Wayward Sons: The Emerging Gender Gap in Labor Markets and Education
May 01, 2013
After decades of fretting over girls’ academic opportunities and achievement, it seems the worm has turned with a vengeance. MIT economists David Autor and Melanie Wasserman, using Census data from 1970 to 2010, studied differences among males and females in educational attainment and economic well being. They emerged with two main findings. First, while girls are gaining ground in high school and college-graduation rates, boys are slipping. Among those aged thirty-five in 2010, the female-male gap in college-going rates was 10 percentage points, while the gap in four-year college-completion rates was 7 percentage points. Second, men’s wages are faltering: Between 1979 and 2010, the real earnings growth for males with less than a four-year degree declined between 5 and 25 percent (the steepest such fall was found among the least-educated and youngest males). And though tough economic times have also taxed women, their earnings did not decline as far; in fact, the earnings of highly educated women have risen sharply since the late 70s, with the gender earnings gap among older workers (ages 40-64) narrowing from 60 percent in 1979 to 20 percent in 2010 for those with a post-college education. The analysts’ search for the root of these trends escorts readers through a review of shifting family structures: Over the last thirty years, the proportion of births accounted for by unmarried women has more than doubled, rising from less than 20 percent in 1980 to over 40 percent in 2009. What’s more, these trends were not driven by teen births but by women between the ages of twenty and twenty-nine. And on most any academic or economic measure, children growing up in single-parent homes have worse outcomes; but without a role model of the same gender, boys tend to fare worse than girls. This is depressing news indeed for our nation’s boys.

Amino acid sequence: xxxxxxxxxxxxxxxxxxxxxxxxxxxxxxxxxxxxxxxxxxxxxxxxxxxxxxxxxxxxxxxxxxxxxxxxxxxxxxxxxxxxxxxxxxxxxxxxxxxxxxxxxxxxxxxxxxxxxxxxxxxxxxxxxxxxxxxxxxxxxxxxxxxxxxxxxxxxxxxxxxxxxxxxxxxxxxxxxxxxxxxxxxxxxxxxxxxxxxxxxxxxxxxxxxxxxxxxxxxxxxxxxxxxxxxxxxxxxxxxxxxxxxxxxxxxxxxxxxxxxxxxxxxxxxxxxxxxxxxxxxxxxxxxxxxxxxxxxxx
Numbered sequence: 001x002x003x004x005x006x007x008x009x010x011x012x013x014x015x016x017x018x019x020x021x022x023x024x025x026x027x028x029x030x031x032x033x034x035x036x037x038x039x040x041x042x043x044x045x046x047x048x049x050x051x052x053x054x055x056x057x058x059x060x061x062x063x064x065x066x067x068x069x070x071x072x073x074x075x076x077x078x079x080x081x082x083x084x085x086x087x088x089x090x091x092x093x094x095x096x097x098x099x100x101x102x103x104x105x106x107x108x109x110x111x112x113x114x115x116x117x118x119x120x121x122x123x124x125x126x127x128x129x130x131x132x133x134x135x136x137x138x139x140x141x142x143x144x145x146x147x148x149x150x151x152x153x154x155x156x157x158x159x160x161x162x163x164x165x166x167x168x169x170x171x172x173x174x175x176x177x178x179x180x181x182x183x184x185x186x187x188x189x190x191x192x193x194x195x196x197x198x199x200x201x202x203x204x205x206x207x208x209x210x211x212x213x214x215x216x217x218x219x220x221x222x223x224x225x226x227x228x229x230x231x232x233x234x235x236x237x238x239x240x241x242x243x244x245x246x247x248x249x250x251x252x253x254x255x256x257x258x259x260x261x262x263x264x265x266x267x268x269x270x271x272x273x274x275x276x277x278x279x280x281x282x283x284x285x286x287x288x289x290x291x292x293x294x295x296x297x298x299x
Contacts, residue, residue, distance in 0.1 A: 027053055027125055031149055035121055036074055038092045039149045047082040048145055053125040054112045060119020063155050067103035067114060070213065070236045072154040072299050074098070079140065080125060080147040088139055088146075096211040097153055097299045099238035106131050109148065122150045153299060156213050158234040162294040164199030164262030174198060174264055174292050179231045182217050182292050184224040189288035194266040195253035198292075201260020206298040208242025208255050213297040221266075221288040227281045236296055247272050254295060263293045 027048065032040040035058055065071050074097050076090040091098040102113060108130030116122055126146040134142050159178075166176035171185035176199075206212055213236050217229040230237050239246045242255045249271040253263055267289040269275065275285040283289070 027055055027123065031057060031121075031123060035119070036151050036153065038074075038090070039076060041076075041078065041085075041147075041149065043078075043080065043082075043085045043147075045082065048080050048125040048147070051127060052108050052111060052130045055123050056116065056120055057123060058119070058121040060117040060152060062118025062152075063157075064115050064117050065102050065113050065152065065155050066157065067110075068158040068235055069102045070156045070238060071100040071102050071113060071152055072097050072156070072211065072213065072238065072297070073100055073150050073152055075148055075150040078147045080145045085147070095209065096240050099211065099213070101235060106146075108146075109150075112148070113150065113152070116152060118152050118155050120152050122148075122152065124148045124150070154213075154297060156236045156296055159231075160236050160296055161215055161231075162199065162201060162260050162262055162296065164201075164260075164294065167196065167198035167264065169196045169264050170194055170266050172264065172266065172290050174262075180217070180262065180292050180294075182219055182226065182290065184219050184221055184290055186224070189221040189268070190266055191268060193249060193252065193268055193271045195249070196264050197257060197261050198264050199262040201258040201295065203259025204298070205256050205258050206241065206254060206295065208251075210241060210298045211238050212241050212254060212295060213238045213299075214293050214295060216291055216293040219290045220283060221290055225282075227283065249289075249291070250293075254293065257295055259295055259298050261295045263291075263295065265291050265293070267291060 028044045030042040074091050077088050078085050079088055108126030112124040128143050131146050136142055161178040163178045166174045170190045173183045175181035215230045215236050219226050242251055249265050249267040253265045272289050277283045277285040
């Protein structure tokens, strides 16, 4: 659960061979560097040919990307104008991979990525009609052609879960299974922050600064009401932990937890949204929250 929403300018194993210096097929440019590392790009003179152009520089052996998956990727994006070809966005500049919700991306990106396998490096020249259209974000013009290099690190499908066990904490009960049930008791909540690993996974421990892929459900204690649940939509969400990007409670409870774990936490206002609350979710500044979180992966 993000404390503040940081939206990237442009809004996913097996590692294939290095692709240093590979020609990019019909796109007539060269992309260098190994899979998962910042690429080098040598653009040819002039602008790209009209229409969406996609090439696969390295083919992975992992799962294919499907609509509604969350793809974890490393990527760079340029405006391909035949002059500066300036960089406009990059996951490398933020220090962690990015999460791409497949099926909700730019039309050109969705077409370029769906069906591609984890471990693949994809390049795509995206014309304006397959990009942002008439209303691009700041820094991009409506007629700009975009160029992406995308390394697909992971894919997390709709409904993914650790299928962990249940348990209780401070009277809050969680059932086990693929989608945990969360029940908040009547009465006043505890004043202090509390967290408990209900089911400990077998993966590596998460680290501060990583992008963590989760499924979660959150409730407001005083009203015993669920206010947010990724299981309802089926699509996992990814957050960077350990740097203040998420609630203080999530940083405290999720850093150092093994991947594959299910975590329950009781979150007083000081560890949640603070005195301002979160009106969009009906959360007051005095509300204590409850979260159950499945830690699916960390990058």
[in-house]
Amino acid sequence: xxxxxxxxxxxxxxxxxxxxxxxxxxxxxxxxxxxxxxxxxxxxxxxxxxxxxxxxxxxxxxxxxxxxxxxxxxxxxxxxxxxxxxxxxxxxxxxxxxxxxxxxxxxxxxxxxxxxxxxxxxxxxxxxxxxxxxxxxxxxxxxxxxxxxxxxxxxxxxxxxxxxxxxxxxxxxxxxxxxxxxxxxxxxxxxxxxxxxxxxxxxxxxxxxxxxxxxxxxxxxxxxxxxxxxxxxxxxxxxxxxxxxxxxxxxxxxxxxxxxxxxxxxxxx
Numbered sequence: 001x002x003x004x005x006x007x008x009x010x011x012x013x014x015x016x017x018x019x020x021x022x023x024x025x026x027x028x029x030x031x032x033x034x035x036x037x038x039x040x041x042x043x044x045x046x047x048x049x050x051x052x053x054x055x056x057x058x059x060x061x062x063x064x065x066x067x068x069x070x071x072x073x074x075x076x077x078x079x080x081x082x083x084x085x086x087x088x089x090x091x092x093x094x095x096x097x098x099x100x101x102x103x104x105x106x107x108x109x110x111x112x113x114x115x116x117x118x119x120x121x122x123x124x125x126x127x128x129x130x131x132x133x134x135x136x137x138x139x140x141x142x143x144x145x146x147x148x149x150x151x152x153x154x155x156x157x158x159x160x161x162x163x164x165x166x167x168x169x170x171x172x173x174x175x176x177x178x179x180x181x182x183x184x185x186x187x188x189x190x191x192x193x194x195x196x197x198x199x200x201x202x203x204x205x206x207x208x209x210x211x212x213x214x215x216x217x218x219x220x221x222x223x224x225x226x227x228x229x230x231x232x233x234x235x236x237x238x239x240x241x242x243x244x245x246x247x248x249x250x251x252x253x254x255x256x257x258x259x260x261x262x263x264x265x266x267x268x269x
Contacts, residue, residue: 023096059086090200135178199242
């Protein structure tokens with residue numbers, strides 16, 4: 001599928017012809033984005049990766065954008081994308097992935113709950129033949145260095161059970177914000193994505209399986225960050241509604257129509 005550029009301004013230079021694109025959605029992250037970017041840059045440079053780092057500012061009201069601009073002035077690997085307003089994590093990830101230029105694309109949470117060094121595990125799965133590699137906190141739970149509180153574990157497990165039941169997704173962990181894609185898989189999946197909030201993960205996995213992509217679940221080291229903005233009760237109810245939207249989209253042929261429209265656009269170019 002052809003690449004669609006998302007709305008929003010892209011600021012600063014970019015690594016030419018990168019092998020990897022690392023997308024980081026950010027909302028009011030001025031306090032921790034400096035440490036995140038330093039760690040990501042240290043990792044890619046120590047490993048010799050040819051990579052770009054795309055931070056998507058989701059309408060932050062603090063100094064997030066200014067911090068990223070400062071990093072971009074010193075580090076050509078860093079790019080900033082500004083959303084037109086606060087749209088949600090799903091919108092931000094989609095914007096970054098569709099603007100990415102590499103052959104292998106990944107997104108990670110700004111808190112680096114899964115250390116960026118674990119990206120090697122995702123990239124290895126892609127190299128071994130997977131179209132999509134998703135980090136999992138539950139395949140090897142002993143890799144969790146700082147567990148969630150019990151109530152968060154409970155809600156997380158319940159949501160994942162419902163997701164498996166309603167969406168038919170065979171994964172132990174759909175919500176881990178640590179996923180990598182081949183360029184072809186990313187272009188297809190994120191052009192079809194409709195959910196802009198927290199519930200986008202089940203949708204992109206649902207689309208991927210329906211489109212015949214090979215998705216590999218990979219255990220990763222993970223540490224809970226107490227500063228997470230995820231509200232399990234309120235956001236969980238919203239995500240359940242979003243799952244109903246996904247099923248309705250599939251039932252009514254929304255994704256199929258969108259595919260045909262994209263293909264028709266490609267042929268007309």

SOURCE: David Autor and Melanie Wasserman, Wayward Sons: The Emerging Gender Gap in Labor Markets and Education (Washington, D.C.: Third Way).